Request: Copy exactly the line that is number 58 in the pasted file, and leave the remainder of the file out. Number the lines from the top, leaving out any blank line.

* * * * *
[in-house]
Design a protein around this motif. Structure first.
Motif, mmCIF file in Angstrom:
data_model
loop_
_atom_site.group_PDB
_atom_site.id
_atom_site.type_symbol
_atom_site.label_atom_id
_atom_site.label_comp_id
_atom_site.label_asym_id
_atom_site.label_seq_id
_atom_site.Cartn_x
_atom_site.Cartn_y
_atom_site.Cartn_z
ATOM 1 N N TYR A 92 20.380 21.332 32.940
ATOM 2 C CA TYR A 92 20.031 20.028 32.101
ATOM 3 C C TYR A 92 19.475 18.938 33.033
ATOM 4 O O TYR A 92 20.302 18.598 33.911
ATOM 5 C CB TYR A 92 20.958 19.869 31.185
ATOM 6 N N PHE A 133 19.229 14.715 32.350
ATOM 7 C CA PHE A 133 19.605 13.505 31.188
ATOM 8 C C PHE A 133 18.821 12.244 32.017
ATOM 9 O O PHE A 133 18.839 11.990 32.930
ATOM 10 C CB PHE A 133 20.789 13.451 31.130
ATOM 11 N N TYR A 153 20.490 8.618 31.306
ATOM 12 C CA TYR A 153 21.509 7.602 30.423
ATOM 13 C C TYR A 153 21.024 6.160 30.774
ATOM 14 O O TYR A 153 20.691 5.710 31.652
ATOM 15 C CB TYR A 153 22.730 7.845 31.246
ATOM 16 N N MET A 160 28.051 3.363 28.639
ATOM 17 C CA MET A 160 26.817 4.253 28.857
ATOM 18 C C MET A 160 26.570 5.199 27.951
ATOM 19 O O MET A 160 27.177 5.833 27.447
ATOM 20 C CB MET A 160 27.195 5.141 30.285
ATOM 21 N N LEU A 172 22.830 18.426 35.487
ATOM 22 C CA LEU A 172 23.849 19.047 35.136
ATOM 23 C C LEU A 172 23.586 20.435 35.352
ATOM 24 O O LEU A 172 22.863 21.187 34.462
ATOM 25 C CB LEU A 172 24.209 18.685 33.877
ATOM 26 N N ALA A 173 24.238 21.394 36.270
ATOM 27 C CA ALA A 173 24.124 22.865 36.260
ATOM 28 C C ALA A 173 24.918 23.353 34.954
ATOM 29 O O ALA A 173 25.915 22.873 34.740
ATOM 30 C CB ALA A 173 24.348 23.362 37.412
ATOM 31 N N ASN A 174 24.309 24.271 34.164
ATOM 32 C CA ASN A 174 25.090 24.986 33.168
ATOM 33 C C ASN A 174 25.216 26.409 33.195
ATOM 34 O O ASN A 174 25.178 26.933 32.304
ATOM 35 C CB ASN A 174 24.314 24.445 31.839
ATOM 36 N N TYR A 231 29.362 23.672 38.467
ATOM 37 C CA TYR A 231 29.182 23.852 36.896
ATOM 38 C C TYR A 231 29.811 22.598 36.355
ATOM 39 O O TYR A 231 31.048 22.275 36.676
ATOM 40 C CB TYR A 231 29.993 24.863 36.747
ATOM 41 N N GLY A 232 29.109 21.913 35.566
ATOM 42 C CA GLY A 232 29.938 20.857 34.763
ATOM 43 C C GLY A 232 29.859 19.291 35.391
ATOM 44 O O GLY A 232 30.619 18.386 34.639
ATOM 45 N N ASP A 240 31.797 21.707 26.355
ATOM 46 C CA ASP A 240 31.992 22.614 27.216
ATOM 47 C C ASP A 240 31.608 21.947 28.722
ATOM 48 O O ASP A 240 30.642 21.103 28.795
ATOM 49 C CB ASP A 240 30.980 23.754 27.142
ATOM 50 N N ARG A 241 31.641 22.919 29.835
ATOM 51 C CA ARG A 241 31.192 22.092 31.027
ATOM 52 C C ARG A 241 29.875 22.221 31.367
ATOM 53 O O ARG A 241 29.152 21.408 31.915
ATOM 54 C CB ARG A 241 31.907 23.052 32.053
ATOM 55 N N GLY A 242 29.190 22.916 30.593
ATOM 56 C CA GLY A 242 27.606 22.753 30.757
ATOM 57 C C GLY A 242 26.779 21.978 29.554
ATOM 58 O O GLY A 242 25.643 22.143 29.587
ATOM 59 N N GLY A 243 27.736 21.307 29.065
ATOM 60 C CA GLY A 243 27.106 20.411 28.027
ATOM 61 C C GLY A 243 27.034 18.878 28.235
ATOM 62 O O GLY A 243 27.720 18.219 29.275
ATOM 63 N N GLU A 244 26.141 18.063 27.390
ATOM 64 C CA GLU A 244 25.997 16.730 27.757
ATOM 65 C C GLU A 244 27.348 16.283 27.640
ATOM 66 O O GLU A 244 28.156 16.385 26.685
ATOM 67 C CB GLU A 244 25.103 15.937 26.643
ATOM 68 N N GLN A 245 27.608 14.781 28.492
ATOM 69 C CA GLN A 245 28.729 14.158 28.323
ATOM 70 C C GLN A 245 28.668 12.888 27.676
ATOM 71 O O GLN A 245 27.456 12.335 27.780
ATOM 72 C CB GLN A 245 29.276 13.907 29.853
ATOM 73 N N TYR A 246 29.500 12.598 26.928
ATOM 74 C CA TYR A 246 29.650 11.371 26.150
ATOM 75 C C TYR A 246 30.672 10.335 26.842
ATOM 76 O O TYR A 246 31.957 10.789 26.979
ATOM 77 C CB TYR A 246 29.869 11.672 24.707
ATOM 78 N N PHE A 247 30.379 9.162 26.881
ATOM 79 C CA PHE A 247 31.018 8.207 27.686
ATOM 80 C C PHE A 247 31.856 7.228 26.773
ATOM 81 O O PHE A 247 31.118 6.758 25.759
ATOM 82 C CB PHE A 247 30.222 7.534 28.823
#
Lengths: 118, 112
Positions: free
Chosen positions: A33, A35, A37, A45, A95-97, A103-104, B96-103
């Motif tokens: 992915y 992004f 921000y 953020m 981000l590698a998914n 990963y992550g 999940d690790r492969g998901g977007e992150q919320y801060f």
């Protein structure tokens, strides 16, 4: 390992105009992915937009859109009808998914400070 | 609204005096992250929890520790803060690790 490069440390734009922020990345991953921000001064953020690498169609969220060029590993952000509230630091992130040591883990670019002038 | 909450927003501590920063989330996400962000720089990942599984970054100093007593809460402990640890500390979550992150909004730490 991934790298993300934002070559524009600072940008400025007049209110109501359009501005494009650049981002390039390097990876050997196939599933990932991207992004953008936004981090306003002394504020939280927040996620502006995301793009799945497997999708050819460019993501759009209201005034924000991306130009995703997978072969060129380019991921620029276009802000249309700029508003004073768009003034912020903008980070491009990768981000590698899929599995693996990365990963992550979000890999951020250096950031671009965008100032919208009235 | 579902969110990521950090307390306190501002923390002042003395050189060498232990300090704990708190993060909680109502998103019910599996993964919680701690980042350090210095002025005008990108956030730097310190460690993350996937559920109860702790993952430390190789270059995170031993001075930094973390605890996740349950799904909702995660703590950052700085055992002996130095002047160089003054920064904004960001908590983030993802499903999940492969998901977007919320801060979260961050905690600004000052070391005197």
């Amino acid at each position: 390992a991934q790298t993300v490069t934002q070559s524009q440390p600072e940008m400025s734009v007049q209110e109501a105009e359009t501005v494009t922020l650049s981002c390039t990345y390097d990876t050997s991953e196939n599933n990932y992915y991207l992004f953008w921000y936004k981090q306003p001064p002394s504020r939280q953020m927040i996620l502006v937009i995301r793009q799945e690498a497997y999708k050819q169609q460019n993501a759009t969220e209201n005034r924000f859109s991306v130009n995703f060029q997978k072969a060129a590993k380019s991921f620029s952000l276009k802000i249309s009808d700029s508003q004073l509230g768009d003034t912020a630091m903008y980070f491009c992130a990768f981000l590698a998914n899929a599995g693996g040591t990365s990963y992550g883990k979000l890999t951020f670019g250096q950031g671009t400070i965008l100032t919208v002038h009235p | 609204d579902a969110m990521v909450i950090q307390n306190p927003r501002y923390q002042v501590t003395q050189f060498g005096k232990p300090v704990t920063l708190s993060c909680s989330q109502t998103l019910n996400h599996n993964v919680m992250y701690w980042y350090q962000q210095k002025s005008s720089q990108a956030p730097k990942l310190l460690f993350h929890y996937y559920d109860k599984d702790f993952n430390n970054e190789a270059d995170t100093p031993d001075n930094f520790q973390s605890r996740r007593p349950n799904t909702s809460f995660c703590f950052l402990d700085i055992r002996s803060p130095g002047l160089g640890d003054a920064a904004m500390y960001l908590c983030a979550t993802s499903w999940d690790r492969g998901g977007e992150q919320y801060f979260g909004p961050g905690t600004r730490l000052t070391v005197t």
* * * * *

ATOM 43 C C GLY A 232 29.859 19.291 35.391